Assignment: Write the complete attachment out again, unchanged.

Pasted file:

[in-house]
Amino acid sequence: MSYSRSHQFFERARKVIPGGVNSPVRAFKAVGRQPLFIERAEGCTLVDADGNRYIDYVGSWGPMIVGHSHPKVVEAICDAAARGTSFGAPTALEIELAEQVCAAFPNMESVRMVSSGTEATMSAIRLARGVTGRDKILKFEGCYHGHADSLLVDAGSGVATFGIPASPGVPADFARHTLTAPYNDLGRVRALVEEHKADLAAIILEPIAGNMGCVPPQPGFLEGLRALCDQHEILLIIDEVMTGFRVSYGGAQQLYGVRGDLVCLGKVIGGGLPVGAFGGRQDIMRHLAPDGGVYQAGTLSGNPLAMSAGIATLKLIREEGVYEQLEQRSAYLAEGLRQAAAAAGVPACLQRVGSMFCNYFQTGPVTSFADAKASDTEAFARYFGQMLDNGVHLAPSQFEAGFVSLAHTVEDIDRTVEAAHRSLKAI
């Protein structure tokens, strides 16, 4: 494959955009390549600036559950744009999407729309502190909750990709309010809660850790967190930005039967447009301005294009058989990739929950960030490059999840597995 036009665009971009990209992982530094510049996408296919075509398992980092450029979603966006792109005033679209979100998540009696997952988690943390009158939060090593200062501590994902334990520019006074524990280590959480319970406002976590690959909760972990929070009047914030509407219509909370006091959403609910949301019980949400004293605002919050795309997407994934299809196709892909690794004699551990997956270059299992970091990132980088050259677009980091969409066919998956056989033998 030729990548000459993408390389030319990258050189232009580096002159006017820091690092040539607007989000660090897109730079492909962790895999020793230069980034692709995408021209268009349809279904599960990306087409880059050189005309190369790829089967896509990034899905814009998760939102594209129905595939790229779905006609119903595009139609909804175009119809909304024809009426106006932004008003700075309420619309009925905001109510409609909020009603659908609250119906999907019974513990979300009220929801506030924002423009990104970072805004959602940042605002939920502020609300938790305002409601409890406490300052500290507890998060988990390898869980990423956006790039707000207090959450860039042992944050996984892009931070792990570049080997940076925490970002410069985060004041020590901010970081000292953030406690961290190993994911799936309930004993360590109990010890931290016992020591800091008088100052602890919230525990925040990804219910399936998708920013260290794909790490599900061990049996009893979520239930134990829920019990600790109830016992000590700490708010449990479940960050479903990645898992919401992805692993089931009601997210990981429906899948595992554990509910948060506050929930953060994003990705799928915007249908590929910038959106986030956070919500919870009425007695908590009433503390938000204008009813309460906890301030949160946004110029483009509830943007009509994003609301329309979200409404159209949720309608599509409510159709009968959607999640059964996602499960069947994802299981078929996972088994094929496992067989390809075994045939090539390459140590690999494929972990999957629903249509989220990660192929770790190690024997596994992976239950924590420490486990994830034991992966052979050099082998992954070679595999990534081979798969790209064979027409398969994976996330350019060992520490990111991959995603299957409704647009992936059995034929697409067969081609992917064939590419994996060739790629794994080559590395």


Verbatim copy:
[in-house]
Amino acid sequence: MSYSRSHQFFERARKVIPGGVNSPVRAFKAVGRQPLFIERAEGCTLVDADGNRYIDYVGSWGPMIVGHSHPKVVEAICDAAARGTSFGAPTALEIELAEQVCAAFPNMESVRMVSSGTEATMSAIRLARGVTGRDKILKFEGCYHGHADSLLVDAGSGVATFGIPASPGVPADFARHTLTAPYNDLGRVRALVEEHKADLAAIILEPIAGNMGCVPPQPGFLEGLRALCDQHEILLIIDEVMTGFRVSYGGAQQLYGVRGDLVCLGKVIGGGLPVGAFGGRQDIMRHLAPDGGVYQAGTLSGNPLAMSAGIATLKLIREEGVYEQLEQRSAYLAEGLRQAAAAAGVPACLQRVGSMFCNYFQTGPVTSFADAKASDTEAFARYFGQMLDNGVHLAPSQFEAGFVSLAHTVEDIDRTVEAAHRSLKAI
């Protein structure tokens, strides 16, 4: 494959955009390549600036559950744009999407729309502190909750990709309010809660850790967190930005039967447009301005294009058989990739929950960030490059999840597995 036009665009971009990209992982530094510049996408296919075509398992980092450029979603966006792109005033679209979100998540009696997952988690943390009158939060090593200062501590994902334990520019006074524990280590959480319970406002976590690959909760972990929070009047914030509407219509909370006091959403609910949301019980949400004293605002919050795309997407994934299809196709892909690794004699551990997956270059299992970091990132980088050259677009980091969409066919998956056989033998 030729990548000459993408390389030319990258050189232009580096002159006017820091690092040539607007989000660090897109730079492909962790895999020793230069980034692709995408021209268009349809279904599960990306087409880059050189005309190369790829089967896509990034899905814009998760939102594209129905595939790229779905006609119903595009139609909804175009119809909304024809009426106006932004008003700075309420619309009925905001109510409609909020009603659908609250119906999907019974513990979300009220929801506030924002423009990104970072805004959602940042605002939920502020609300938790305002409601409890406490300052500290507890998060988990390898869980990423956006790039707000207090959450860039042992944050996984892009931070792990570049080997940076925490970002410069985060004041020590901010970081000292953030406690961290190993994911799936309930004993360590109990010890931290016992020591800091008088100052602890919230525990925040990804219910399936998708920013260290794909790490599900061990049996009893979520239930134990829920019990600790109830016992000590700490708010449990479940960050479903990645898992919401992805692993089931009601997210990981429906899948595992554990509910948060506050929930953060994003990705799928915007249908590929910038959106986030956070919500919870009425007695908590009433503390938000204008009813309460906890301030949160946004110029483009509830943007009509994003609301329309979200409404159209949720309608599509409510159709009968959607999640059964996602499960069947994802299981078929996972088994094929496992067989390809075994045939090539390459140590690999494929972990999957629903249509989220990660192929770790190690024997596994992976239950924590420490486990994830034991992966052979050099082998992954070679595999990534081979798969790209064979027409398969994976996330350019060992520490990111991959995603299957409704647009992936059995034929697409067969081609992917064939590419994996060739790629794994080559590395």